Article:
Water management spurs revolution
Back in 1990, Dwayne Beck was a panel speaker during a central South Dakota program about how the region could boost its agricultural output.
“I got up and said if we no-till here, I think we can grow corn and grow crops like peas (every year),” says Beck, who today manages the Dakota Lakes Research Farm near Pierre, South Dakota. “All the calves that go through Fort Pierre livestock auction going to Oklahoma to eat corn produced under irrigation from an aquifer that is going dry, we can feed here. The other three people on the panel told everyone how stupid I was.”
Beck and the region's farmers have had the last laugh. Today, there is a cornucopia of crops that traditional winter wheat-fallow farmers could only dream about a generation ago. Grain bins built to house increased grain production form striking silhouettes against scarlet sunsets. Dust storms, once common decades ago, are now nil due to the year-round crop cover present on many fields.
“It is all about managing water,” says Beck. Water management through tools like no-till and cover crops has helped farmers intensify crop rotations. It's led to an increase in revenue of $1.123 billion from 1990 to 2009 in central and north-central South Dakota.
Search for solutions
Thirty years ago, this area supported an uneasy mix of winter wheat followed by a year of fallow punctuated by corn irrigated with Missouri River water. Wheat prices, which supported winter wheat-fallow in the 1970s, crashed when exports to the former Soviet Union dwindled in the early 1980s. Meanwhile, high energy prices that resulted from pulling water several hundred feet upward from the Missouri River nixed irrigated corn profits.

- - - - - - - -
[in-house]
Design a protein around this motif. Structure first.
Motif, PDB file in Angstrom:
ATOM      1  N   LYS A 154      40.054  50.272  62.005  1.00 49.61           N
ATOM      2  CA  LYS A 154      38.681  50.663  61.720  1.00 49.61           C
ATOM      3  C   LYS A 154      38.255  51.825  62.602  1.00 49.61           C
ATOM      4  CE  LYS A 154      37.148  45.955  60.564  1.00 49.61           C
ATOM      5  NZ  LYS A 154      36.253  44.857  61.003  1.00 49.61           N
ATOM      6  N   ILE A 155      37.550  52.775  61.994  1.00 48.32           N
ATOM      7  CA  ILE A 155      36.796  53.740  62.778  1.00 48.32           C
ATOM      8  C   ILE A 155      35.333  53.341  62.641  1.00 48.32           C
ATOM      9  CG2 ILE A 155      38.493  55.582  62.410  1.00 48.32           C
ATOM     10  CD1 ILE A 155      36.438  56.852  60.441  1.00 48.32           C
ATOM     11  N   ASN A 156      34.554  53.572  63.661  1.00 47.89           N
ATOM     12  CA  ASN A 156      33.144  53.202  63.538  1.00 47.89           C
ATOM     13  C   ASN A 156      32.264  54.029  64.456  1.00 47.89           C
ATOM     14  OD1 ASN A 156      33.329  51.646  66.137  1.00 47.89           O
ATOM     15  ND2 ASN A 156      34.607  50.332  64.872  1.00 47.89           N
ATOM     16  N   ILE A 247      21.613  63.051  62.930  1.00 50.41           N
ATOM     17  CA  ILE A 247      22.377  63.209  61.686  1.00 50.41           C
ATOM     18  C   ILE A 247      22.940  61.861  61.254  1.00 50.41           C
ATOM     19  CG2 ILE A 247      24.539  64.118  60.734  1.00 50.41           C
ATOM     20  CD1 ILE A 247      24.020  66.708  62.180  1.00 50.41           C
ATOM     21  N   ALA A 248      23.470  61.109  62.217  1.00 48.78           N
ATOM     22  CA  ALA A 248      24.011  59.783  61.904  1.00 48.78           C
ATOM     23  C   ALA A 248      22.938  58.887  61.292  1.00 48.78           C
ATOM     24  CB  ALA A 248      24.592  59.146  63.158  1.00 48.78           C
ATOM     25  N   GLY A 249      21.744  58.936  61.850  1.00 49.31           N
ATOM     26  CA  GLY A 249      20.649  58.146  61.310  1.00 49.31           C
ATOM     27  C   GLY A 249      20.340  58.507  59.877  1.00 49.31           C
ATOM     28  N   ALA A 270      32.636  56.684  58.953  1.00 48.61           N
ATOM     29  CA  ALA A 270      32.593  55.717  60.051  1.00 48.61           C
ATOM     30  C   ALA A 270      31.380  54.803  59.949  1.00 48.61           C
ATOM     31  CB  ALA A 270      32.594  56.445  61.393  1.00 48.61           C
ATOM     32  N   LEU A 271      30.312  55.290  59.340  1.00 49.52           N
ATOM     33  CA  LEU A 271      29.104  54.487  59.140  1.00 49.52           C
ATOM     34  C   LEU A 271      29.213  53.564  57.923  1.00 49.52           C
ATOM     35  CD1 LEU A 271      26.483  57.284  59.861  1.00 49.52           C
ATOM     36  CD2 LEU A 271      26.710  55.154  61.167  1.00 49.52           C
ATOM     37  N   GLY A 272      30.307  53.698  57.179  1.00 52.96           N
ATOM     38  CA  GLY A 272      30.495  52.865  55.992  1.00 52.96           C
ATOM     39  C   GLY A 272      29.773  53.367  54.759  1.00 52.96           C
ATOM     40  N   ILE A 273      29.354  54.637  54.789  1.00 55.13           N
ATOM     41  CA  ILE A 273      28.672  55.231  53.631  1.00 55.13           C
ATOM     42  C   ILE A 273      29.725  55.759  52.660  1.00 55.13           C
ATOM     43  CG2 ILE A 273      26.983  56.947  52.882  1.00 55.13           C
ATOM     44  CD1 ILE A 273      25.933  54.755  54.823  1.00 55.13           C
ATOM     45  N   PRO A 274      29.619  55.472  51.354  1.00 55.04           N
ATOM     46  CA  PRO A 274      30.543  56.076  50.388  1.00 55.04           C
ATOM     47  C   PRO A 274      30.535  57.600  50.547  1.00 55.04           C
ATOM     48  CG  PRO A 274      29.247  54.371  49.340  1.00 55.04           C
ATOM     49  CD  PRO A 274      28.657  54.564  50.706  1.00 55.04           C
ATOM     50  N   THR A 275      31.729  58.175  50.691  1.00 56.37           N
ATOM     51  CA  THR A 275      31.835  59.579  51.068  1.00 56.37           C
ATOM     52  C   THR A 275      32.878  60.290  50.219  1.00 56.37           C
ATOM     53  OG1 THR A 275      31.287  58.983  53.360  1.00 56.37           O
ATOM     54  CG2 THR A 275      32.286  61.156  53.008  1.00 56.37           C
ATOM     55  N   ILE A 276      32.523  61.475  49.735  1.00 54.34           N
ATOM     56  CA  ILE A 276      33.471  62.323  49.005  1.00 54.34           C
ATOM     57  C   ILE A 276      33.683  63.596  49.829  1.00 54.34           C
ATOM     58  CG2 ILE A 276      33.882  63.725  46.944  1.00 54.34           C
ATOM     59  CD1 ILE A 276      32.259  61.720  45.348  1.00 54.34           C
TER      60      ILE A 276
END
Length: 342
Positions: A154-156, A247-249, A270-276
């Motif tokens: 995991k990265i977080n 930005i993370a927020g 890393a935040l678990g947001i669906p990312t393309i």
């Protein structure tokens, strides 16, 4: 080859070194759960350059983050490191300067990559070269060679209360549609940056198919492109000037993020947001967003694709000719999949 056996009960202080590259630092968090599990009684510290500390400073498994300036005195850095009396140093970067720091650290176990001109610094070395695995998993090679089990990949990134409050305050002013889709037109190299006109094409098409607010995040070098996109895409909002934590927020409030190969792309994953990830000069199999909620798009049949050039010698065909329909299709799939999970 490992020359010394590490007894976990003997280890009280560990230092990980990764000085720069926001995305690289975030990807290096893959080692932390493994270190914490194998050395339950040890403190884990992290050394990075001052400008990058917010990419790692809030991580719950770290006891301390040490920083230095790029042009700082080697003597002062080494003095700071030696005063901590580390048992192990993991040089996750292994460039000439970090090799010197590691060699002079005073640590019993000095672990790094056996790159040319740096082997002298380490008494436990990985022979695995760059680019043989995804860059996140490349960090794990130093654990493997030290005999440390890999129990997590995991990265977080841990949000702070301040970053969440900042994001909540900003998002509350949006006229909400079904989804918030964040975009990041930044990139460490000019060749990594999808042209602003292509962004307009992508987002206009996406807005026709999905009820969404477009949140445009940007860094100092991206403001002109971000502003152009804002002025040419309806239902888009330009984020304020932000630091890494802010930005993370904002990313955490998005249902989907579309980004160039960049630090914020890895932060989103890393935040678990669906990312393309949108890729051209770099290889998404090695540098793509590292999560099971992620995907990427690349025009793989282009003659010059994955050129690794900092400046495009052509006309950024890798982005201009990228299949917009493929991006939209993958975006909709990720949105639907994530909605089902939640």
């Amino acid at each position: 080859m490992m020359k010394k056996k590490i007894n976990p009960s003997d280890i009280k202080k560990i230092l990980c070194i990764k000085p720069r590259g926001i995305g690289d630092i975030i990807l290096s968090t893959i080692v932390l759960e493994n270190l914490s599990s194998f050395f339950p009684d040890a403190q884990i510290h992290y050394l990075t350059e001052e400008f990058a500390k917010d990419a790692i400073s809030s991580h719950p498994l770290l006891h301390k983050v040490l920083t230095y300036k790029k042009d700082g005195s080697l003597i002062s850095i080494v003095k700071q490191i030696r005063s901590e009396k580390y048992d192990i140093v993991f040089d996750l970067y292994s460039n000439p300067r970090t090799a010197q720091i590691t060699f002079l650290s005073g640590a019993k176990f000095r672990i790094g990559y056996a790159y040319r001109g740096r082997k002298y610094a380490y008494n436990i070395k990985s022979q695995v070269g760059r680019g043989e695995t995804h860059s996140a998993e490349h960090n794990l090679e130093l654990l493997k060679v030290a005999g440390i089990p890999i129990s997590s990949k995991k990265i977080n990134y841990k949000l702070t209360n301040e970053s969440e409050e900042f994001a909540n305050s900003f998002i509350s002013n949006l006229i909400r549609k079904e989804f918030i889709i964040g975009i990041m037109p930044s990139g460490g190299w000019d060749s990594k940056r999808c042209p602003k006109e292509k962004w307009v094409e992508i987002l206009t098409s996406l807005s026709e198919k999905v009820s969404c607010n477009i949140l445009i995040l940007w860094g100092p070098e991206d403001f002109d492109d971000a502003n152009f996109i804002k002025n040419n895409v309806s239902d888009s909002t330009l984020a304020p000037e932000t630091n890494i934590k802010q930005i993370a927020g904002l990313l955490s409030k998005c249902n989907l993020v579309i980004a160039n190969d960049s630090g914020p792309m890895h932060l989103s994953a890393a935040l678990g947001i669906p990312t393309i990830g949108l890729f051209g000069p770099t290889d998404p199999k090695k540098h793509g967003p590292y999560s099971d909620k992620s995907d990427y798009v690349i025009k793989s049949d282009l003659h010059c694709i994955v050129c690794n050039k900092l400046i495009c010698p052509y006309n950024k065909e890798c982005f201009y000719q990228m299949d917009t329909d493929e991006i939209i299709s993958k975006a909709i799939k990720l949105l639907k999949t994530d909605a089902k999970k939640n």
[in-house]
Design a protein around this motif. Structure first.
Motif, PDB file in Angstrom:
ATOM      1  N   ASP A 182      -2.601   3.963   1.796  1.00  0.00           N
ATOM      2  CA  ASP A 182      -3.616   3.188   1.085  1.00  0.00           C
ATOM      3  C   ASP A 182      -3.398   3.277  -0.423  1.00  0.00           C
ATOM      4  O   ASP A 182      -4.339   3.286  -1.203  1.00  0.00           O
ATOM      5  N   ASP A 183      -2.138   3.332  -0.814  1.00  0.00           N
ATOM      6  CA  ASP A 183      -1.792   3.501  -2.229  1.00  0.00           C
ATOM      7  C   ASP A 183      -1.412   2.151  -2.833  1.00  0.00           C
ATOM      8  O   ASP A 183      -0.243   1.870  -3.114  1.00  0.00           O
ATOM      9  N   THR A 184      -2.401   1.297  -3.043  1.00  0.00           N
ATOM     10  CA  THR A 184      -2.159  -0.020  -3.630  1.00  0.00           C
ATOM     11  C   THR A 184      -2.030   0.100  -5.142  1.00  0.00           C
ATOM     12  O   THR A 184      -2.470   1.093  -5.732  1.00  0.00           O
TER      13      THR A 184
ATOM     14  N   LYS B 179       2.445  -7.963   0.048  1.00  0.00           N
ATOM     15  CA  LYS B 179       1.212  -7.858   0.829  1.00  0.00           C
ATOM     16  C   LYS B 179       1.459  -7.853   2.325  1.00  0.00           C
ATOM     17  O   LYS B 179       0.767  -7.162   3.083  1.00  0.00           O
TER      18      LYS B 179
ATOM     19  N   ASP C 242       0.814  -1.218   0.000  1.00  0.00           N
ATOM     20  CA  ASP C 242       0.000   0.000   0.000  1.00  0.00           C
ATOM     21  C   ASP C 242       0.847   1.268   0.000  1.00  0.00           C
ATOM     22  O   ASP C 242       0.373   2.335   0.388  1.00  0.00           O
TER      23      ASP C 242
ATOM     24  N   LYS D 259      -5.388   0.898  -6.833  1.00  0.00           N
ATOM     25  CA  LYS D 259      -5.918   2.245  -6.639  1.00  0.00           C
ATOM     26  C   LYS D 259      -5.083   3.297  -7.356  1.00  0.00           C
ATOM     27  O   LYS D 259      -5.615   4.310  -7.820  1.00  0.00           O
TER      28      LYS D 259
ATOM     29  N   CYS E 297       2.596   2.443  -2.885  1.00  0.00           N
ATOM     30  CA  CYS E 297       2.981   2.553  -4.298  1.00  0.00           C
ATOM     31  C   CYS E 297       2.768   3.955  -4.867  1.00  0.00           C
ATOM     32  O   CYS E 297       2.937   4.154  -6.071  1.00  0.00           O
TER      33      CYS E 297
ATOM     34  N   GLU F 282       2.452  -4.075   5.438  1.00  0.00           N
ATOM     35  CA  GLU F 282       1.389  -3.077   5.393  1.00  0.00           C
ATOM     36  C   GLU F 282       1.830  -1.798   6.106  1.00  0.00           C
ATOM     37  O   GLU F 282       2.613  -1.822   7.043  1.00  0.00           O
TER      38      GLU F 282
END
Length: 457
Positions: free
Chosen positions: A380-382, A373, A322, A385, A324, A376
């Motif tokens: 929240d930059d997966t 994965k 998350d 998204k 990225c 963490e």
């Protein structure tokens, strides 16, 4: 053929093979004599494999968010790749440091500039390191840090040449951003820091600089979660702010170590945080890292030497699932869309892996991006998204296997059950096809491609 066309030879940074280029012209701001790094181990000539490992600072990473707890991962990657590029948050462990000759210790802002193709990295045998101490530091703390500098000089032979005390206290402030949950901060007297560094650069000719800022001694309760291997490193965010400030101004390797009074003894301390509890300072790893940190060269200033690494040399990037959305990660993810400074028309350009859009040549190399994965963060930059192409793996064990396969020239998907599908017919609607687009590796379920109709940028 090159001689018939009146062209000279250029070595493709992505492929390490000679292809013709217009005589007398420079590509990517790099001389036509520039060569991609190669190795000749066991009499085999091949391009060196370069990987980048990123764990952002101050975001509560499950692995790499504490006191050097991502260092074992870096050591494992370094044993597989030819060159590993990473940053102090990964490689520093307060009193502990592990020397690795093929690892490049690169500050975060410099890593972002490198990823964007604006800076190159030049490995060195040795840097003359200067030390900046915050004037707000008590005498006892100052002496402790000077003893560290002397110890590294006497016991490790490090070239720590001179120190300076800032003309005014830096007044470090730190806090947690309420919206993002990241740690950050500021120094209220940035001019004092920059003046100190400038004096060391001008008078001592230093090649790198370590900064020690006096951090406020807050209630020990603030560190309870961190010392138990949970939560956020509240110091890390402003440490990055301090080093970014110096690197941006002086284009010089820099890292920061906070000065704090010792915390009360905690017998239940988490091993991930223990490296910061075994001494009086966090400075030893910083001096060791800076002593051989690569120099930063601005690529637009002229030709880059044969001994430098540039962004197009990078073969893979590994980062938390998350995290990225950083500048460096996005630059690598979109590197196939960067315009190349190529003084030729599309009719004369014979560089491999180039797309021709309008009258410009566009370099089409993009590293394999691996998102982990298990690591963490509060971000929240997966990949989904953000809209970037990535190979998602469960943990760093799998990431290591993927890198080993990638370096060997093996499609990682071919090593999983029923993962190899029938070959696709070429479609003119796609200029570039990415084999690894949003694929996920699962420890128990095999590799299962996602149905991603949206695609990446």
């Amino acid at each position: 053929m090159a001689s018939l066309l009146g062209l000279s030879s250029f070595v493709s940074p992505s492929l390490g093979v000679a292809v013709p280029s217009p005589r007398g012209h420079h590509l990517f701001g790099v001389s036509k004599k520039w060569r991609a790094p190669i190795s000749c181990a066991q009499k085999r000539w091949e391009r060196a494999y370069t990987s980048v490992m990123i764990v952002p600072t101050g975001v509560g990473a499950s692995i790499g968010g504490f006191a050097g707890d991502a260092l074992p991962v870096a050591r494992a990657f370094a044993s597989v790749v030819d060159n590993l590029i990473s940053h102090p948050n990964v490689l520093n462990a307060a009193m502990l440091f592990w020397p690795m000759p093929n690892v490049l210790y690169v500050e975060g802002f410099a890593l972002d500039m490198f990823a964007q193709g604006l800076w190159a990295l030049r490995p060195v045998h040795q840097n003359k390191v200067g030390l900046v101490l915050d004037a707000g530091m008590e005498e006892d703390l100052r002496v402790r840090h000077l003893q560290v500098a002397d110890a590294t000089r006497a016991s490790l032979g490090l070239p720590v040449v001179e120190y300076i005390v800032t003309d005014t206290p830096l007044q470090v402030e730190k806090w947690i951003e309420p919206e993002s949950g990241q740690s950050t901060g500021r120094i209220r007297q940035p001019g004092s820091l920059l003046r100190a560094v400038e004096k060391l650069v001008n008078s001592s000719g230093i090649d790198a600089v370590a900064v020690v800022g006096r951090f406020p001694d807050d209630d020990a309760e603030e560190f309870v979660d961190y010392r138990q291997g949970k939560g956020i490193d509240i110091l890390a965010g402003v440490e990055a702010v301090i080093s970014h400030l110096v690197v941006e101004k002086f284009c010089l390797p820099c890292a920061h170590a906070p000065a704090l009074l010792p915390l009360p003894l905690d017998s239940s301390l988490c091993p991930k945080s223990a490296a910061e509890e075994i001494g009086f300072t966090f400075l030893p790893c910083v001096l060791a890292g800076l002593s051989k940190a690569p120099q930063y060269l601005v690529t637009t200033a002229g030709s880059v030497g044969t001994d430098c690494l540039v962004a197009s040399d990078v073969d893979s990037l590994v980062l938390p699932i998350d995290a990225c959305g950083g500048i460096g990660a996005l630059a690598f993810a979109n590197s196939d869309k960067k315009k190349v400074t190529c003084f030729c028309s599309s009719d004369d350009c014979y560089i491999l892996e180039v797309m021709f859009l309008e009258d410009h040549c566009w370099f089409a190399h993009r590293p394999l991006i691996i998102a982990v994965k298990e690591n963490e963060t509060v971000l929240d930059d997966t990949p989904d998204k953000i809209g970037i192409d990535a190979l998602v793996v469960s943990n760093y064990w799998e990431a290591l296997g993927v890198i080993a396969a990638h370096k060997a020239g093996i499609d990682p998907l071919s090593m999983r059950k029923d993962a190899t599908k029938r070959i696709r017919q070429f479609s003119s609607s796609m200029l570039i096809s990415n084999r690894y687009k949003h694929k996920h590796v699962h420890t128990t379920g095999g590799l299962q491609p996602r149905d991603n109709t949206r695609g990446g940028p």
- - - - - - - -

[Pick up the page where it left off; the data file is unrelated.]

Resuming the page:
That caused the region's farmers and researchers to search for solutions.
Before managing the Dakota Lakes farm, Beck studied reduced tillage and crop rotations at the South Dakota State University James Valley Research and Extension Center near Redfield in northeastern South Dakota in the 1980s. Typically spring wheat country, Beck's research showed no-till systems with diverse rotations could fit high water-use crops like corn into spring wheat. Ditto for soybeans, which are now a staple in that area.
About this time, Mark Stiegelmeier, Selby, South Dakota, began dabbling with a precursor to no-till. “We planted some grain sorghum using a Concord air seeder,” he says. Although the knives used by the air seeder disturbed the soil much more than today's no-till units, it was a start.
“The thing that really drove me to do it was soil conservation,” says Stiegelmeier. “We were doing wheat-fallow, which was typical for this area. We were trying flax strips for erosion control, but we got tired of watching the soil blow.”
There were drawbacks to air seeding, though. “I felt we were basically replanting weed seeds with the air seeder,” he says. “If we wanted to do a preplant herbicide option, we moved too much soil and broke the herbicide barrier.”